A Whole Lotta Kids in the Hall

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"Brain Candy is Sugar for the Wittily Perverse"

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Los Angeles Times
By John Anderson

Like Monty Python's Flying Circus, the Kids in the Hall have achieved their widest popularity posthumously. Having first hit the airwaves in 1989 over Canada's CBC, the troupe moved on to HBO, then to the more accessible Comedy Central, where their old shows now enjoy multiple daily showings and seem to win converts with the same frequency. But they don't make new TV shows anymore; the members have moved on to individual projects. They may exist in the future only as a movie-making unit.

Which is bad for committed couch potatoes, but OK for movie-goers, especially if the results resemble "Kids in the Hall Brain Candy," the first indication in some time that movie comedy can be snatched from the slavering jaws of complete idiocy. It's not that the Kids don't flirt with idiocy. It's just not complete.

They indulge themselves in social commentary (offhanded), sexual banter (heavy-handed) and media bashing (backhanded) while exploiting the other traits they share with the Pythons -- which include a fondness for playing in drag, a contempt for narrative boundaries, a general flair for the outrageous and, most importantly, a mean streak. The Kids are mean, but meanness, along with brevity is the soul of modern wit.

The ostensible story line of "Brain Candy" si a bit like a flatbed truck in the Tournament of Roses Parade: It gets the ornamentation from here to there. While working a number of their TV characters into the mix (like White Trash Man and White Trash Woman, played by Bruce McCulloch and Mark McKinney) they tell the story of research scientist Chris Cooper (Kevin McDonald) whose funding is going to be cut by the ruthless CEO Don Roritor (McKinney) unless he releases his team's new drug, the ultimate antidepressant. Dubbed Gleemonex by satanic marketing director Cisco (McCulloch), the pill is a huge success -- except that it eventually causes a coma-like state in which the patient keeps reliving his or her happiest moment (and what constitutes the happier moments is one of the movie's darker jokes). Cooper wants a recall; Roritor, assisted by yes man Marv (David Foley), wants profits.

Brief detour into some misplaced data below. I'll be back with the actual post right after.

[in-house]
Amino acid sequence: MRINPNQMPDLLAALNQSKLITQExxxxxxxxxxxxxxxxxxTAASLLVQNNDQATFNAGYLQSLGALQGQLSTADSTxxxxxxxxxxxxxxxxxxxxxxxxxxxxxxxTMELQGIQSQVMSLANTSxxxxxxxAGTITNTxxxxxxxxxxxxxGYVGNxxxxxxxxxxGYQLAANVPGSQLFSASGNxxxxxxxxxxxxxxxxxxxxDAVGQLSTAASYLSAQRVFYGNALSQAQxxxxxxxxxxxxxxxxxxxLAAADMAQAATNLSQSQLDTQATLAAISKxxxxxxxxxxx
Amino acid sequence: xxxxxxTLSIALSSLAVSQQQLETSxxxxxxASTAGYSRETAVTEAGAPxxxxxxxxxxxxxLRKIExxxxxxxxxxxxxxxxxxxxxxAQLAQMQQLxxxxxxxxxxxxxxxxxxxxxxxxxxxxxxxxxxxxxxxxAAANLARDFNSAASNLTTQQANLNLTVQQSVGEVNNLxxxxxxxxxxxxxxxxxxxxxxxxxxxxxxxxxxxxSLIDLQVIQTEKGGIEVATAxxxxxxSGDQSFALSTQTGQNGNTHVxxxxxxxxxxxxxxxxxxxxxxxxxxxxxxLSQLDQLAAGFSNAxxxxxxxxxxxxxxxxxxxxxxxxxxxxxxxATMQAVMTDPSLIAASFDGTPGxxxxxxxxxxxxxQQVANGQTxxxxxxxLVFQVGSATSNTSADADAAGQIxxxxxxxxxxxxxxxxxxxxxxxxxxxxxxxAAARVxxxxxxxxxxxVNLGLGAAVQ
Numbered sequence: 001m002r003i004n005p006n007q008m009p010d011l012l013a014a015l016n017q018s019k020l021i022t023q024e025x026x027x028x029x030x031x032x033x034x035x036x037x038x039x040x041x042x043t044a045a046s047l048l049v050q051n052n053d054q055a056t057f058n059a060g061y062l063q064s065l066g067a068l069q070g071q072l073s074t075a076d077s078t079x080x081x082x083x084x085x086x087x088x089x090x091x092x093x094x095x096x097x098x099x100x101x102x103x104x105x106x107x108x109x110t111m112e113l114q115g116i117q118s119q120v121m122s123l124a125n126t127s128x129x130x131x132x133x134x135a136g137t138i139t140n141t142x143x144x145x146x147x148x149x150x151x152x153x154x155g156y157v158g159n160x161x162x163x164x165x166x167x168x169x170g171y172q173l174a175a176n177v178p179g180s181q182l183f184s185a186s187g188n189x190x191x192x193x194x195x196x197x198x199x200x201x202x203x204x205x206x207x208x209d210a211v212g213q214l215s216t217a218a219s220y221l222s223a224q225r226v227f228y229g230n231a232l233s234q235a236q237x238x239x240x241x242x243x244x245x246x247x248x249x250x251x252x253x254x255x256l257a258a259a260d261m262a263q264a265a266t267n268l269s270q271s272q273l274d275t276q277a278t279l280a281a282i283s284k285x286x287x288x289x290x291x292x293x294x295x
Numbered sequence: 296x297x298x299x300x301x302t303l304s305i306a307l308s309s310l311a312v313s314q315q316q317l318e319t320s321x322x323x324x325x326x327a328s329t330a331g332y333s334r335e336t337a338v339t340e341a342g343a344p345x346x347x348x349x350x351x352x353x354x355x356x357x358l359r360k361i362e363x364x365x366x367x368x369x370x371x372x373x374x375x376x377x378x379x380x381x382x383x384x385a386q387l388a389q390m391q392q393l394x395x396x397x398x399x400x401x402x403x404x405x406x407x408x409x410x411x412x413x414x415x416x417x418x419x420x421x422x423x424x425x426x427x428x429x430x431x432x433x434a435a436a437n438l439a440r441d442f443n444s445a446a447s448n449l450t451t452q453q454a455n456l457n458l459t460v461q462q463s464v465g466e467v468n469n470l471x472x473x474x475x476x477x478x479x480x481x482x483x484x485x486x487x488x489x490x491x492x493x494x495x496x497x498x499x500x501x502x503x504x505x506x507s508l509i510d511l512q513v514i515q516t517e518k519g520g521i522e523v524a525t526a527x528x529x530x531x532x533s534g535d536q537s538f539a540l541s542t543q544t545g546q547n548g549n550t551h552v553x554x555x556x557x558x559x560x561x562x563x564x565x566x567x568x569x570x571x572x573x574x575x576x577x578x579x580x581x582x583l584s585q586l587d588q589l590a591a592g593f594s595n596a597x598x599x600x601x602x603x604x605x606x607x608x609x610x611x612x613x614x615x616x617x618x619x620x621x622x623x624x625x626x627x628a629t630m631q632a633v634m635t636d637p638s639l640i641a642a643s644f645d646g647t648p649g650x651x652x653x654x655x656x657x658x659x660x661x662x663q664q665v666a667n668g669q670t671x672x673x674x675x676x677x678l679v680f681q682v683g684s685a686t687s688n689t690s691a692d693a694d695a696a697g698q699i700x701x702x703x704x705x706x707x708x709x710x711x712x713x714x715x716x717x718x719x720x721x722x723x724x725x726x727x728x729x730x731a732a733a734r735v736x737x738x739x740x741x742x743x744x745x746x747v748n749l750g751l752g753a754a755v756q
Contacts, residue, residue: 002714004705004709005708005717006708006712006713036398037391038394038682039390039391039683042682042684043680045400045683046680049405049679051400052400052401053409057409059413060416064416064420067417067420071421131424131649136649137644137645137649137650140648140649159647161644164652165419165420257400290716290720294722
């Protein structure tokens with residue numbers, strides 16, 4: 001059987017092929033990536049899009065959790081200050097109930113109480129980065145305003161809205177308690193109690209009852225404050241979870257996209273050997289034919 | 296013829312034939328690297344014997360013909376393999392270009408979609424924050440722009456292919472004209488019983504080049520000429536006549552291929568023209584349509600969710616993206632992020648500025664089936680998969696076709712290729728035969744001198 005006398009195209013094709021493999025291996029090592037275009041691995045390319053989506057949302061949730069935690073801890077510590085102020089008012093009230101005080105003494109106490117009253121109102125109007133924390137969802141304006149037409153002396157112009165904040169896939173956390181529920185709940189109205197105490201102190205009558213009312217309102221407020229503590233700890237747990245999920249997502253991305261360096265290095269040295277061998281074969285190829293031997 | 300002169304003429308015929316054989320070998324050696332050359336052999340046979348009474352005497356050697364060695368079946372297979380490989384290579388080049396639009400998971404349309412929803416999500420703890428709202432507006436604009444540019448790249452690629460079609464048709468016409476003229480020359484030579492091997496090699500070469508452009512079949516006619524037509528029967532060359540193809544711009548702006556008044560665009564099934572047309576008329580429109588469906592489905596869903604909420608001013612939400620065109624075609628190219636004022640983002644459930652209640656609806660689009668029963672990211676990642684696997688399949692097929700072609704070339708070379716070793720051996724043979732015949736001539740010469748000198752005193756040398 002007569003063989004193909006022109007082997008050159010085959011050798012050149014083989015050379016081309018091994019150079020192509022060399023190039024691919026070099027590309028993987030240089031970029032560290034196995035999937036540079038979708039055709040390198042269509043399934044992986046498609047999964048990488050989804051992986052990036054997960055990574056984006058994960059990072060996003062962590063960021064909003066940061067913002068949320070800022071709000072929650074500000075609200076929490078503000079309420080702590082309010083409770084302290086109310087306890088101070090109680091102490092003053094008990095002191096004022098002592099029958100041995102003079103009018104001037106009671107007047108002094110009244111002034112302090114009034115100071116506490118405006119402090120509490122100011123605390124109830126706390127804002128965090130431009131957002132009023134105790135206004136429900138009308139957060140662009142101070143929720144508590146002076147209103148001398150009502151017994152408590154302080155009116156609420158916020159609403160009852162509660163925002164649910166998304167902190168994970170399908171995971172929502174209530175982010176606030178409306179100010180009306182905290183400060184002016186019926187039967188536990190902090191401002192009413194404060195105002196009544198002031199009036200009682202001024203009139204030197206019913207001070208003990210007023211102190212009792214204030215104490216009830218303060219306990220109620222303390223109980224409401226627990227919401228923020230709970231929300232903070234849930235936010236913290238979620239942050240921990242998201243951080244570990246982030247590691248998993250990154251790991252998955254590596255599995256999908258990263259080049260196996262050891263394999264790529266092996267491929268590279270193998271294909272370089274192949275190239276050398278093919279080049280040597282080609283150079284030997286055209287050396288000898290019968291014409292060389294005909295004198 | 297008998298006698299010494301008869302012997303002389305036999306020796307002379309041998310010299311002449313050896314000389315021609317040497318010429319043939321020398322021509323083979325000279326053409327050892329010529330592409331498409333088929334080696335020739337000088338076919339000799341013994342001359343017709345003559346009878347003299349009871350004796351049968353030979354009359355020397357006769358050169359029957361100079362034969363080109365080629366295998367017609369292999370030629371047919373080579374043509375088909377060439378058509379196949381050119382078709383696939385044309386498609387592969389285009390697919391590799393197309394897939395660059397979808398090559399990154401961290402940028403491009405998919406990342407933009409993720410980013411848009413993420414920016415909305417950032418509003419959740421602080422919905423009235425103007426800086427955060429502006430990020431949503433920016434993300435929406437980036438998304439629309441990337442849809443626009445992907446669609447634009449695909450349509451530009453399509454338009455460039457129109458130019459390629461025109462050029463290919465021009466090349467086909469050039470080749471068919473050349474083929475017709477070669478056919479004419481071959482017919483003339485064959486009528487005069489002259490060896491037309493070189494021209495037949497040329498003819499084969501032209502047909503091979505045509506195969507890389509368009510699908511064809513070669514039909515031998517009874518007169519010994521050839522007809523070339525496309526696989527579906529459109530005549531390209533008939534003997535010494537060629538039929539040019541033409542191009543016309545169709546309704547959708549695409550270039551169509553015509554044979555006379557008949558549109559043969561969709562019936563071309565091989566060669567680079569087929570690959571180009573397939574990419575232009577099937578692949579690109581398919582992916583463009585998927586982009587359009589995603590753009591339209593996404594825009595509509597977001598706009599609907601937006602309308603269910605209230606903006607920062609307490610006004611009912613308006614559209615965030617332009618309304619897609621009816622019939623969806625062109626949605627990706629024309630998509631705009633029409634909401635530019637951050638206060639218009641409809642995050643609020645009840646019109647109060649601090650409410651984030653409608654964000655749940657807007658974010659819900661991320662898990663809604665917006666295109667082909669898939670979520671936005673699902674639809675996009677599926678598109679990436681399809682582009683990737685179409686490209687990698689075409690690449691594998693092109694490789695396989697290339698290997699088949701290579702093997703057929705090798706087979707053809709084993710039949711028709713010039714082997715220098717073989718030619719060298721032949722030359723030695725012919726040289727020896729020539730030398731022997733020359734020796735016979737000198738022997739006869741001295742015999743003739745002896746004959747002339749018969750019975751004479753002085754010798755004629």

Gleemonex cuts a vicious swath through the culture. Grivo (McCulloch), a heavy-metal doomsayer, turns into a flower child; Wally (Thompson), the world's most repressed homosexual, comes out of the closet in a musical hallelujah that recalls somethign out of "Bye Bye Birdie." Cooper becomes a media darling and a gues of TV talk host Nina Bedford (McKinney), whose biggest question si "How big is your house?"

"Brain Candy" takes few prisoners. Cops, class, corporate ethics (an oxymoron?) all get trashed; there are suicide jokes, birth defect jokes, Queen Elizabeth sight gags and a visit from Cancer Boy (McCulloch), who thanks Cooper for creating Gleemonex. "There's no hope for me," he says, "but my parents are on it." No, "Brain Candy" is not for kids. But adults, especially those cursed with a twisted, jaded or perverse sense of humor, will find plenty in it to laugh about.


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